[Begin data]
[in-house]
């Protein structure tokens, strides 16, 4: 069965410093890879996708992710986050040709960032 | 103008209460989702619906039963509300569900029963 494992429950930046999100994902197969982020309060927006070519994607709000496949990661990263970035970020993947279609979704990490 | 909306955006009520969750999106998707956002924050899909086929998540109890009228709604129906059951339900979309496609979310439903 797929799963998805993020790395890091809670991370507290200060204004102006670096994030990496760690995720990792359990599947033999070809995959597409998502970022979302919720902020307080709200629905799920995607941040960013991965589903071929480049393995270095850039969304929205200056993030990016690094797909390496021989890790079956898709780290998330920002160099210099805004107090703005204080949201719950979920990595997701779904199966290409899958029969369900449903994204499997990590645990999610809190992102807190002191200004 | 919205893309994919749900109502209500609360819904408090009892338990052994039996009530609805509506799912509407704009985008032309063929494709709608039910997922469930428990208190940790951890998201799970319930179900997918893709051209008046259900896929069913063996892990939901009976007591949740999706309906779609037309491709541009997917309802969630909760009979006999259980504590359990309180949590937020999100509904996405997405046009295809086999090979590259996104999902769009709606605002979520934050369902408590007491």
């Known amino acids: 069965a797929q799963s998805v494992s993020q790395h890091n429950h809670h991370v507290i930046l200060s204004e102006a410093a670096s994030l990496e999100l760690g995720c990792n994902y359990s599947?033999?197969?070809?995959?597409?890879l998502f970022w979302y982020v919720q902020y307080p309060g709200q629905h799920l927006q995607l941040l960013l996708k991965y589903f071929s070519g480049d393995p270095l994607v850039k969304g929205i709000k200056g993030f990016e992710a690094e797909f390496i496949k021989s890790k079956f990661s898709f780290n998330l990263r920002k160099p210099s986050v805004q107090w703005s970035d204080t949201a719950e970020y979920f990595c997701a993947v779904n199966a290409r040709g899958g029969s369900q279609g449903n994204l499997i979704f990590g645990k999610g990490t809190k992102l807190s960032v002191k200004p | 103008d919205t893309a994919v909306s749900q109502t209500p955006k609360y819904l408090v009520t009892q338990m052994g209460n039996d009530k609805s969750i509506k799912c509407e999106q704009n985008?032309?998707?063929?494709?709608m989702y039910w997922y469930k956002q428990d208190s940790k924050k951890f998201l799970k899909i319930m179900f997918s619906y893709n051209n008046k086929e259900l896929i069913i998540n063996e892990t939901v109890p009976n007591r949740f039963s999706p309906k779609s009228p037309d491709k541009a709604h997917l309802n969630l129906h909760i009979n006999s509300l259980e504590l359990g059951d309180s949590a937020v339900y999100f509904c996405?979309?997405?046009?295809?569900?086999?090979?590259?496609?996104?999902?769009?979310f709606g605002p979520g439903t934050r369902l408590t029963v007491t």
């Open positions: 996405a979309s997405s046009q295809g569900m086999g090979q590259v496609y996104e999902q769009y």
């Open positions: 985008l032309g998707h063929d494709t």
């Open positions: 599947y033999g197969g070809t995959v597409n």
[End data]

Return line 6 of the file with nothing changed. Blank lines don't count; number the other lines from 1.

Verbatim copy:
């Open positions: 599947y033999g197969g070809t995959v597409n």